The inspectorate is mandated to make public those flaring along with the volumes and the penalties within 60 days of occurrence. Falsification of a flare report or neglect to submit such a report is punishable with three months imprisonment, or the option of a fine of not less than the value of 50% of volume of gas flared or vented. Also, in an attempt for a robust and transparent regulation the bill stipulates that the Inspectorate shall ensure that gas flared or vented be fully documented with information on its website, including the longitude, latitude, local government area and ward, daily volume and gas reserves within 90 days of the effective date.
No doubt that the PIB per se will not solve all the environmental problems noted above as there are with any law or new government initiative, and in this case, we have the added complication and serious concern about the current structure for oversight of the oil and gas industry. For example, the nature of the relationship between the DPR and the oil companies has been alleged to be one of partnership, which fundamentally conflicts with the concept of an independent body regulating the industry.
In most part the PIB is a sound legislation, including its environmental protection provisions. However, it is imperative that the PIB (including the government) commission an Inspectorate that is independent in its oversight of the petroleum industry. The Bill should make clear that operating companies are mandated to carry out extensive social and environmental impact assessments, prior to the commencement of any major operation, including exploration, and to revise such assessments over time, in line with international good practice.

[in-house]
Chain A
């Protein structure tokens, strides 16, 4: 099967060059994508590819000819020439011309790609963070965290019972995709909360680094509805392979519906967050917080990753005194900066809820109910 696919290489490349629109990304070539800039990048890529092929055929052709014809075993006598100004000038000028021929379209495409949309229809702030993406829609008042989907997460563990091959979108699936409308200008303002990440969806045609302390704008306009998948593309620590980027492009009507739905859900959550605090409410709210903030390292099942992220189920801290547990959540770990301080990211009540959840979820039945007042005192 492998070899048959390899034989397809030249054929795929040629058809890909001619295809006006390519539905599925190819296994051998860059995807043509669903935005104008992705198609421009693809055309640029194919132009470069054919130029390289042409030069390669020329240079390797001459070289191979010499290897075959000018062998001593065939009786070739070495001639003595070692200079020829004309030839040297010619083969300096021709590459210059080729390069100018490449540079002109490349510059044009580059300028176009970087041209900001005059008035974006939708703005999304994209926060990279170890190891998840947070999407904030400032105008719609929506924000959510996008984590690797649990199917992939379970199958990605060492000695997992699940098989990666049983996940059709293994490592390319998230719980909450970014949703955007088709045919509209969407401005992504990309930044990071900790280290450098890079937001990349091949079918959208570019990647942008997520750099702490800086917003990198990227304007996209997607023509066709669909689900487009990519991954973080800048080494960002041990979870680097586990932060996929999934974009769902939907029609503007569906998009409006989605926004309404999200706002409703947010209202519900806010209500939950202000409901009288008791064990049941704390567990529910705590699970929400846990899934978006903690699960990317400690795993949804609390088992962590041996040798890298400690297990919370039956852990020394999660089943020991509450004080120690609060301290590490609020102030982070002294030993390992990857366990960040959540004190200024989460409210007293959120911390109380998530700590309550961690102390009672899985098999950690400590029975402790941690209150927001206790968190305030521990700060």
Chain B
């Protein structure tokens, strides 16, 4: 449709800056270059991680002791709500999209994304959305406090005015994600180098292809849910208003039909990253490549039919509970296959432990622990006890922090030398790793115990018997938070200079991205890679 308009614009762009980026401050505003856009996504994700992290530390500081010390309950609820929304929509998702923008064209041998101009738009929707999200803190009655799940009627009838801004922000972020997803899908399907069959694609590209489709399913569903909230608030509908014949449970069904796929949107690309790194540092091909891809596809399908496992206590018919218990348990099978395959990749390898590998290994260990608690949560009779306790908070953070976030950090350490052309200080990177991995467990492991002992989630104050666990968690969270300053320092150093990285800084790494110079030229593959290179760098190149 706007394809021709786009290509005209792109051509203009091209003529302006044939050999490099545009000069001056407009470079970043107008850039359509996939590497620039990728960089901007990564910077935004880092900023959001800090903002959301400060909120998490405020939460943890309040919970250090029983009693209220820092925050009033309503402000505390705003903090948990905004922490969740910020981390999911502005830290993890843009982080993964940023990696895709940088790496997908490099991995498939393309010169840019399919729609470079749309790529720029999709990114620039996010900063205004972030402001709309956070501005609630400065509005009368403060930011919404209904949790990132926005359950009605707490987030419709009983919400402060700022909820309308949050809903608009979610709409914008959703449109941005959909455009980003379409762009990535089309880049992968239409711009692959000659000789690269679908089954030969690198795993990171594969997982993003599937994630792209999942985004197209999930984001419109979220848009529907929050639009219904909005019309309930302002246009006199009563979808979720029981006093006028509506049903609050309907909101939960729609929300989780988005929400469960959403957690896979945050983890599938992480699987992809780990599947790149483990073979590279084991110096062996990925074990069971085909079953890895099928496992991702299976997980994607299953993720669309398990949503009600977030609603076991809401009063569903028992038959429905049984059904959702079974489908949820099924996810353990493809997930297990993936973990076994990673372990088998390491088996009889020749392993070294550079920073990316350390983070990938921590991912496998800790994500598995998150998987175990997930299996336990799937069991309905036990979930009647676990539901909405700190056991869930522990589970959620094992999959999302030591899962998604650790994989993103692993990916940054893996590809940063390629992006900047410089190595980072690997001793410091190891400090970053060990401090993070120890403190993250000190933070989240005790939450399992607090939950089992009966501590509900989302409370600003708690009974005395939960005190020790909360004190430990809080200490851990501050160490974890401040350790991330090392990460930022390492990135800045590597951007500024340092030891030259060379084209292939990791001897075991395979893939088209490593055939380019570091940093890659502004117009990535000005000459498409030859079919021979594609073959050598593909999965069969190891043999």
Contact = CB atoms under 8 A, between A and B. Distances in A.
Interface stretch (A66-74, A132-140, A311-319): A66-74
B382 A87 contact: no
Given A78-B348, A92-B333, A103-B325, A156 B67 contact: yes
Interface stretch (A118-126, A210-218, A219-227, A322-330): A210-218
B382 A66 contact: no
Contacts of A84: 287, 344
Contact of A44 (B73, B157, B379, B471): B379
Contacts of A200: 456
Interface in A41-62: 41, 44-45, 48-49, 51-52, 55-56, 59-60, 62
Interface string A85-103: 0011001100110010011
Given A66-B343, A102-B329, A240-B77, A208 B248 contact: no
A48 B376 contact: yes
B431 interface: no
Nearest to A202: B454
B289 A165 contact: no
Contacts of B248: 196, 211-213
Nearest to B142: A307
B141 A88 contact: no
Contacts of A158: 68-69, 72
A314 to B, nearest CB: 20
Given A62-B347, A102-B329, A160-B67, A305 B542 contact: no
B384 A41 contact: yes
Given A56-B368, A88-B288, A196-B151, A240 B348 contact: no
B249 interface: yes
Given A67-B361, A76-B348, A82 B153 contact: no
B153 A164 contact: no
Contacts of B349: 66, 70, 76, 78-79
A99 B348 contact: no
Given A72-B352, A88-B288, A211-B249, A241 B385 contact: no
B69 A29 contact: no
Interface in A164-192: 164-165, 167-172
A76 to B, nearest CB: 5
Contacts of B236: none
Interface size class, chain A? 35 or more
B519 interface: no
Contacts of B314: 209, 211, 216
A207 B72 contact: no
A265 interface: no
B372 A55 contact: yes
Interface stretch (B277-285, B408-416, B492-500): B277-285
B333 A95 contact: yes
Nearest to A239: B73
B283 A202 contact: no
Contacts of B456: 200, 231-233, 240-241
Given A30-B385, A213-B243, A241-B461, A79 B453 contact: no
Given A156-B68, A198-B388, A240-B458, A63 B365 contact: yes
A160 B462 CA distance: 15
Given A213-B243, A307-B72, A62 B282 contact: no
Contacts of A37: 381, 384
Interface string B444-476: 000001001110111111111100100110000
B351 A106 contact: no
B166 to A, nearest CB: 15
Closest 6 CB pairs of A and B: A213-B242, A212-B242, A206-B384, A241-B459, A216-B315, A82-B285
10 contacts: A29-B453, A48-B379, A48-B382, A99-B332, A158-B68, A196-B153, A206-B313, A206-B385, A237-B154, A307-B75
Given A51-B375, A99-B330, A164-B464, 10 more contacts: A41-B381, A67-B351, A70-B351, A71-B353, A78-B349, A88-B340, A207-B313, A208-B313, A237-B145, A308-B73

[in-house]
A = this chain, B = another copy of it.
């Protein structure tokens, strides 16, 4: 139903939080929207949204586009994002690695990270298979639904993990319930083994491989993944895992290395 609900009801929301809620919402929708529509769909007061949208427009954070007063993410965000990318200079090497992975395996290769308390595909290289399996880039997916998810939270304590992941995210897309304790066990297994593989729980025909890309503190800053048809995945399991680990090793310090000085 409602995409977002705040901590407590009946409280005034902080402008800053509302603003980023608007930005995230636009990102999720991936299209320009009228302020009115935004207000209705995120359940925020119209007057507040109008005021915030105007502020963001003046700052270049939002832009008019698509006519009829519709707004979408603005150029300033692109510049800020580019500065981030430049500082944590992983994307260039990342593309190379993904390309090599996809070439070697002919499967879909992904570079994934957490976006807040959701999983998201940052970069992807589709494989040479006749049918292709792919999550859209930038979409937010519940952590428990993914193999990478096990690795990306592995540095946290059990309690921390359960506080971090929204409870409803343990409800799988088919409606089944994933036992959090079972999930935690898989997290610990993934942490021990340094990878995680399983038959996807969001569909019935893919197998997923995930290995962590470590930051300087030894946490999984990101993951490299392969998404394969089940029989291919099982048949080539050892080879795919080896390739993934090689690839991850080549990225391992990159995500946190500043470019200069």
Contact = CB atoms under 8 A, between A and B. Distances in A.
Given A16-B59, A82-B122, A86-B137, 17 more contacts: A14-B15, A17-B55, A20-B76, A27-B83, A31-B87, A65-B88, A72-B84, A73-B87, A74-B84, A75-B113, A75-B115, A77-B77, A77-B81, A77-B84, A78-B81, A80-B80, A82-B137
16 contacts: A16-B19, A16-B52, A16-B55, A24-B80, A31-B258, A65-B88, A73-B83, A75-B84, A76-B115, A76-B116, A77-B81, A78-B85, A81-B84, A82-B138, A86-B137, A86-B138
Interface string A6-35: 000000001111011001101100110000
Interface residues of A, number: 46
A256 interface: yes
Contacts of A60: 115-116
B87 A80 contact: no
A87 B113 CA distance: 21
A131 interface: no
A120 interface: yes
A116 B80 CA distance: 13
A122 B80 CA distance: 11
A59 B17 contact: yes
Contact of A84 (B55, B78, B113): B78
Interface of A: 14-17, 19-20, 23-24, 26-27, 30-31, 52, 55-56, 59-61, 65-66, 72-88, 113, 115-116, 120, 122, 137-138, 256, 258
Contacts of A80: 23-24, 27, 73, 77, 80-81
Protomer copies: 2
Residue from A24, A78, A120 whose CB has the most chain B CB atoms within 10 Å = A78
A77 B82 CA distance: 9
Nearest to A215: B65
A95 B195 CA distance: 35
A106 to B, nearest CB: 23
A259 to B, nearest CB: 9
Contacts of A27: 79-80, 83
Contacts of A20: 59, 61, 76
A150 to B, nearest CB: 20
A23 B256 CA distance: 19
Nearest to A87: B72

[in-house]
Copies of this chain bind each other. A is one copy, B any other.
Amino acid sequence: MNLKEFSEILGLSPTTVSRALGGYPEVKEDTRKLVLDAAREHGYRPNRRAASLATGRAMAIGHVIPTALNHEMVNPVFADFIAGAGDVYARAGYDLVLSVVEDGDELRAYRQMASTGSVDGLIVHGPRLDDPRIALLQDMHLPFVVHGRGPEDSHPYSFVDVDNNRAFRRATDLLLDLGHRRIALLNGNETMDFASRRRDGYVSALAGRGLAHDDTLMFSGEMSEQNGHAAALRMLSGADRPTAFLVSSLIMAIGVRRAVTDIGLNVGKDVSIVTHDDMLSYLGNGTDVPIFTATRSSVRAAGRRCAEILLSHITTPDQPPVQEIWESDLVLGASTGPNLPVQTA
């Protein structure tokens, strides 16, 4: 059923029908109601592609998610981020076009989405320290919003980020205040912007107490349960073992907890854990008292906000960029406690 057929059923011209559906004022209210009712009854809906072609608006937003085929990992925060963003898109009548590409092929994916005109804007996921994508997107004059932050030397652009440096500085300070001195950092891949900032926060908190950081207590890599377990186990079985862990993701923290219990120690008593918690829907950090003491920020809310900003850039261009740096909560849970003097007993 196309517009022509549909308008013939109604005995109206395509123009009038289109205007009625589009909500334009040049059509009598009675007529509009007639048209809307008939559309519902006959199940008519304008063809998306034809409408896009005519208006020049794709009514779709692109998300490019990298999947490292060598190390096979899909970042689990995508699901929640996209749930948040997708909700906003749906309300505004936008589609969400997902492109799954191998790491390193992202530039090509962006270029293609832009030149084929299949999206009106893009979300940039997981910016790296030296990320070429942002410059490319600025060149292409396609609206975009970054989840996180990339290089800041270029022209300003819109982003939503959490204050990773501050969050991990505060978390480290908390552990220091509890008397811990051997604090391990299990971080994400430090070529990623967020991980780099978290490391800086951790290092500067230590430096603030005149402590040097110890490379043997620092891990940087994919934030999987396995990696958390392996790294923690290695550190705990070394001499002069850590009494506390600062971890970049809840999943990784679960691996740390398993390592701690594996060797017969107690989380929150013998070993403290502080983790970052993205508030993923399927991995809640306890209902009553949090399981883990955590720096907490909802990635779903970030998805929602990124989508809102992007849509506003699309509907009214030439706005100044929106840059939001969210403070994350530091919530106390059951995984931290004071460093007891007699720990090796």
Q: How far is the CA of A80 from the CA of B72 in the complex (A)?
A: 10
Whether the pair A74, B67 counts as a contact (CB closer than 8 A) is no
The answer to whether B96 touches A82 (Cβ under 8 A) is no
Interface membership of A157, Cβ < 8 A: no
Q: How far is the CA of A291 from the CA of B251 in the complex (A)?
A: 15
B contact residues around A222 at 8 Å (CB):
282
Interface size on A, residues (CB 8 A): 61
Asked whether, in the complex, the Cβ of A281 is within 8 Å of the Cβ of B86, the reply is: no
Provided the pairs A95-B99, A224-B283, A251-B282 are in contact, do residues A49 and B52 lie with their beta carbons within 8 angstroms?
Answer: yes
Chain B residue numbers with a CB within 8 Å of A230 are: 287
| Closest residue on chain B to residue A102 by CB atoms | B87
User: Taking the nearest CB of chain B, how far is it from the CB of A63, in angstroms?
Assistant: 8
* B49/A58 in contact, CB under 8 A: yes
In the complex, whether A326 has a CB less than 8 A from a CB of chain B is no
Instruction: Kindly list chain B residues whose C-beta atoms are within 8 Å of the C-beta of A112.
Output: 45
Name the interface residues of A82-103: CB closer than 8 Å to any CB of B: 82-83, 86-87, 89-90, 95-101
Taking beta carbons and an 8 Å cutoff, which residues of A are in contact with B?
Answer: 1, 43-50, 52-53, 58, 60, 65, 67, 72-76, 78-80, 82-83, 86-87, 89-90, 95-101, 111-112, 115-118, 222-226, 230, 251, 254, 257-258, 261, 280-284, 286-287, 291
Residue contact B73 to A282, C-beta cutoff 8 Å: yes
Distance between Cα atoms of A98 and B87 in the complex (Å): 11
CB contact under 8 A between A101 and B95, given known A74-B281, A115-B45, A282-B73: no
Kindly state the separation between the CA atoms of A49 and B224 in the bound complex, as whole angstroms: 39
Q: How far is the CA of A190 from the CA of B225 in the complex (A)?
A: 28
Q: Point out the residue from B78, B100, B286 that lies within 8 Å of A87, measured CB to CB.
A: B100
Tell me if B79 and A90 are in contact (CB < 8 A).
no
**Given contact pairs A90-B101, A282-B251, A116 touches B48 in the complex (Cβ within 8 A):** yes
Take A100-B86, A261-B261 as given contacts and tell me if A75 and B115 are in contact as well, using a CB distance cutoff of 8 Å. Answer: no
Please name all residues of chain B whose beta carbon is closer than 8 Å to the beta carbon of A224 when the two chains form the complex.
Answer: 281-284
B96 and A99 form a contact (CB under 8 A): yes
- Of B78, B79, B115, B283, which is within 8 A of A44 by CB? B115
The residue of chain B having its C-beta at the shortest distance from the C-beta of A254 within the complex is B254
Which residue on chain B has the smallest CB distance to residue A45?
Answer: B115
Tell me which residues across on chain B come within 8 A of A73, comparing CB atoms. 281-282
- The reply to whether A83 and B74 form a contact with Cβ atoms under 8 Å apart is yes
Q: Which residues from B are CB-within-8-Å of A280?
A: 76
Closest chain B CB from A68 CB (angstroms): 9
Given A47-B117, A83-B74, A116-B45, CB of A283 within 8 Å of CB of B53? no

Notwithstanding the PIB’s strong provision on operators responsibility on negative impacts on oil spills, the bill should recognize the ‘polluter pays’ principle and require that negative impacts are reported to the inspectorate, addressed in a timely manner, in line with international best practice. On the issue of pipeline safety and integrity, the bill should establish a standard pursuant to the American Petroleum Institute (API) standards of relevance to pipeline integrity and management.
This involves operator’s regular conduct and disclosure of Asset Integrity Reviews, and to have in place standards that requires operators act to prevent sabotage and illegal activities. All operators should be required to take specific steps, in line with international best practice, to make their infrastructure and operations as safe as practicable from sabotage.
The PIB should stipulate that oil and gas operators incorporate Best Available Technology (BAT) into all oil field operations – exploration, production, transportation, and storage, including pipelines and vessels hauling petroleum and petroleum products. This would include resistant tamper equipment – warranting all new installations are made tamper-proof in line with best available technology.
Finally, upstream operators should be mandated to install surveillance systems to prevent sabotage and illegal activity. Such systems should be in compliance with the rights of individuals and communities, including their right to privacy.